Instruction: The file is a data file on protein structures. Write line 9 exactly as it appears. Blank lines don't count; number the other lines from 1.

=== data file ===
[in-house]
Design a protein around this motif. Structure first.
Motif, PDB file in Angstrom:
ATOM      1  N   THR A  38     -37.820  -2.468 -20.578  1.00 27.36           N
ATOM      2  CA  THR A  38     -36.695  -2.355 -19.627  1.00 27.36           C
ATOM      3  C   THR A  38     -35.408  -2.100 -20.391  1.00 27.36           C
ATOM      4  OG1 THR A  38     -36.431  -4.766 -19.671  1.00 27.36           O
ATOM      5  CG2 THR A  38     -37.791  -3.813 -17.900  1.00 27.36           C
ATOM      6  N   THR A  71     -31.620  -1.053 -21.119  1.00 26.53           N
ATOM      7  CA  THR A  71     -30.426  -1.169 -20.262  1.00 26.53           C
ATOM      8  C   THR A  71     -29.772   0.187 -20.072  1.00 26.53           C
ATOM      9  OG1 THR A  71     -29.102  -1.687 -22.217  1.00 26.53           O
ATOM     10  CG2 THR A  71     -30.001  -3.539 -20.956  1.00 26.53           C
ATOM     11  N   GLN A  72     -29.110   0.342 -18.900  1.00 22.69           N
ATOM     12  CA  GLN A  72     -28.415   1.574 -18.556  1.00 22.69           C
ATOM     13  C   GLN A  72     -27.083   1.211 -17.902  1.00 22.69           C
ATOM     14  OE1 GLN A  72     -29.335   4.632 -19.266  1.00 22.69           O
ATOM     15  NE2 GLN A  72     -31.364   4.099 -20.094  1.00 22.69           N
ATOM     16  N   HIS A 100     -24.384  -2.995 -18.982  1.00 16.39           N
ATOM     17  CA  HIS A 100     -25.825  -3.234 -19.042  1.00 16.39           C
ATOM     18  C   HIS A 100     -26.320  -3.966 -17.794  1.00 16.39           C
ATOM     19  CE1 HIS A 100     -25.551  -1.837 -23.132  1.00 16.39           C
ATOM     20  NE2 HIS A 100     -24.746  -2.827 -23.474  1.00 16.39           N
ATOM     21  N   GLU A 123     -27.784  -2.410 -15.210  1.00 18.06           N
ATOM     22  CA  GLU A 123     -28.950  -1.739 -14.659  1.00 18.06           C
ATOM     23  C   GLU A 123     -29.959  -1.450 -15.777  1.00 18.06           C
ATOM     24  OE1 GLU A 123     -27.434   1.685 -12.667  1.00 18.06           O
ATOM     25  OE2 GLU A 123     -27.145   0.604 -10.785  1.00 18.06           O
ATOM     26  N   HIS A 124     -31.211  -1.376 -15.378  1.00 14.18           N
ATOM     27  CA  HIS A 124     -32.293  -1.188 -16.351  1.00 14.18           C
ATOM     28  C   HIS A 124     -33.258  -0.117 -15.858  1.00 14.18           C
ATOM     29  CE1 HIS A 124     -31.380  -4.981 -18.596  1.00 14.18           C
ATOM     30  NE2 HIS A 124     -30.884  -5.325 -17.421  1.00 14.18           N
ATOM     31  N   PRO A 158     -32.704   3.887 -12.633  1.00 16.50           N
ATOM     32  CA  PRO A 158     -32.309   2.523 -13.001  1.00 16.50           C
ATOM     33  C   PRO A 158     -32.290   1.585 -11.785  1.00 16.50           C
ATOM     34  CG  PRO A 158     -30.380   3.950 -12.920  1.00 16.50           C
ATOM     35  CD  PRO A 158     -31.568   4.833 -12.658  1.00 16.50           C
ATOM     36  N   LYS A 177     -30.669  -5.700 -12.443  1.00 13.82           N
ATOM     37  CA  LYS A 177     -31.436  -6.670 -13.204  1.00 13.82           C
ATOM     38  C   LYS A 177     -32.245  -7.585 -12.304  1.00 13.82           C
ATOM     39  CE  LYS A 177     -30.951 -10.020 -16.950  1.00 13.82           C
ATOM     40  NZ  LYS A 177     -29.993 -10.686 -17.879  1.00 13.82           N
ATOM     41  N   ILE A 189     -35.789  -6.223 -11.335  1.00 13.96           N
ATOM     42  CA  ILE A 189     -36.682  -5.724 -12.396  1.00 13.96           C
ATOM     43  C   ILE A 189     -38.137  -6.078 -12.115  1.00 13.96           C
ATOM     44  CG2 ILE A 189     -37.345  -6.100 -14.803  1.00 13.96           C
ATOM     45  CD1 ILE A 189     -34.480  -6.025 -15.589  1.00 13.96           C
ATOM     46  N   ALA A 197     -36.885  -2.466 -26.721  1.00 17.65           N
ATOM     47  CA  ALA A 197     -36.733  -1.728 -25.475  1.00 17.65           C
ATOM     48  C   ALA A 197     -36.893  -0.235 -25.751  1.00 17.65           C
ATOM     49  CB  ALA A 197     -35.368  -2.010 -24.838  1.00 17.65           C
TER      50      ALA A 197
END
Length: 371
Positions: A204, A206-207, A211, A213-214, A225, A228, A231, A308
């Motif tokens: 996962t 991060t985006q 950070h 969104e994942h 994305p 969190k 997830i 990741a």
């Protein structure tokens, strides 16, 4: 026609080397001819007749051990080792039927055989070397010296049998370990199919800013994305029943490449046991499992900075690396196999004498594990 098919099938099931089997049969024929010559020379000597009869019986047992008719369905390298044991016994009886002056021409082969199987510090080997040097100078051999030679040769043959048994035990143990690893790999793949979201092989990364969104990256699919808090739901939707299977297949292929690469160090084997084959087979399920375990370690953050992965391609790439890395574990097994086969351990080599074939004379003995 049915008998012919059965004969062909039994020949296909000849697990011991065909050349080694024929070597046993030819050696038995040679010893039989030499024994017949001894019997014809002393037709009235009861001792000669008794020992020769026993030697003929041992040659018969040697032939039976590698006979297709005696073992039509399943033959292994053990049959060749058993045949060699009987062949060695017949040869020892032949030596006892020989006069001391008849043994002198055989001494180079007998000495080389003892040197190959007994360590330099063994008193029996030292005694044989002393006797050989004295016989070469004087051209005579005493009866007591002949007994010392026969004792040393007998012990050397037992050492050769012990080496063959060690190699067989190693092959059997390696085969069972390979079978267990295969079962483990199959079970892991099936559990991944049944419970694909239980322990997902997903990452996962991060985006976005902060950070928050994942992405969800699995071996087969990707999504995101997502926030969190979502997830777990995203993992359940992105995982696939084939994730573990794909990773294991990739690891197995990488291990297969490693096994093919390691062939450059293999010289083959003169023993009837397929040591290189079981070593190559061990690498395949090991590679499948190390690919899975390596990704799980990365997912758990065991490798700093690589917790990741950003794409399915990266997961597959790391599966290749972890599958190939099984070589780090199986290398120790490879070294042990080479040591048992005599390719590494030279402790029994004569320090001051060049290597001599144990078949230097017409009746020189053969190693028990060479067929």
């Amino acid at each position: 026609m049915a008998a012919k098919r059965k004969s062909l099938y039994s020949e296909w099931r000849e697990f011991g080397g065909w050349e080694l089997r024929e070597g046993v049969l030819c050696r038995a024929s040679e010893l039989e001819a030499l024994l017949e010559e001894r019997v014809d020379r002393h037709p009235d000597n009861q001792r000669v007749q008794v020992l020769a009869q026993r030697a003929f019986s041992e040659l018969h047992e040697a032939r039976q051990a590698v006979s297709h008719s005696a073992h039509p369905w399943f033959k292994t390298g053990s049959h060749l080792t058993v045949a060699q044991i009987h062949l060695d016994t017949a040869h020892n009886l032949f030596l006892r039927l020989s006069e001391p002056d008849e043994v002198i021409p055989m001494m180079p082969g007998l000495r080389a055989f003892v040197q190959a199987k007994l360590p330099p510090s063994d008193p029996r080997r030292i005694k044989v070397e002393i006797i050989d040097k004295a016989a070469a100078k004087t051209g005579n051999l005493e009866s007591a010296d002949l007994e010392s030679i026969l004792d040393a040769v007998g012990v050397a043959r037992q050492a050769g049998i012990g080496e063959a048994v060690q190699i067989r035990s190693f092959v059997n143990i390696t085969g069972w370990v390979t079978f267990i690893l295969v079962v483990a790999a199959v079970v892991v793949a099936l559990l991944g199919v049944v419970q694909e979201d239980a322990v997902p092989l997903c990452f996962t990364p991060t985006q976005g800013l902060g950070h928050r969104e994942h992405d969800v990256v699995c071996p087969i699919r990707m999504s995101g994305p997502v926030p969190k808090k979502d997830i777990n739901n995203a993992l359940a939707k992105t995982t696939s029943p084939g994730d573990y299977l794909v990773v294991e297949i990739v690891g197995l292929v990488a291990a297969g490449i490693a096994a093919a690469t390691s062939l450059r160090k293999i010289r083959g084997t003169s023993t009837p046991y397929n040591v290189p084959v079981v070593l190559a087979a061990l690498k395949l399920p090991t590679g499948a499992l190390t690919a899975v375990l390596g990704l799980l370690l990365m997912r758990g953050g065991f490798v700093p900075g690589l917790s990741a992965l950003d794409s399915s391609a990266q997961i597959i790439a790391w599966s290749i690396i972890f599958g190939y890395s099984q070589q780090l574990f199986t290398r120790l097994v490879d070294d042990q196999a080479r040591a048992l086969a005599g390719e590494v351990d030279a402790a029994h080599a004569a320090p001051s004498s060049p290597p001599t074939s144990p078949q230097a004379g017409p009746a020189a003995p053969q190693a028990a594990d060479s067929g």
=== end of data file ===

ATOM      6  N   THR A  71     -31.620  -1.053 -21.119  1.00 26.53           N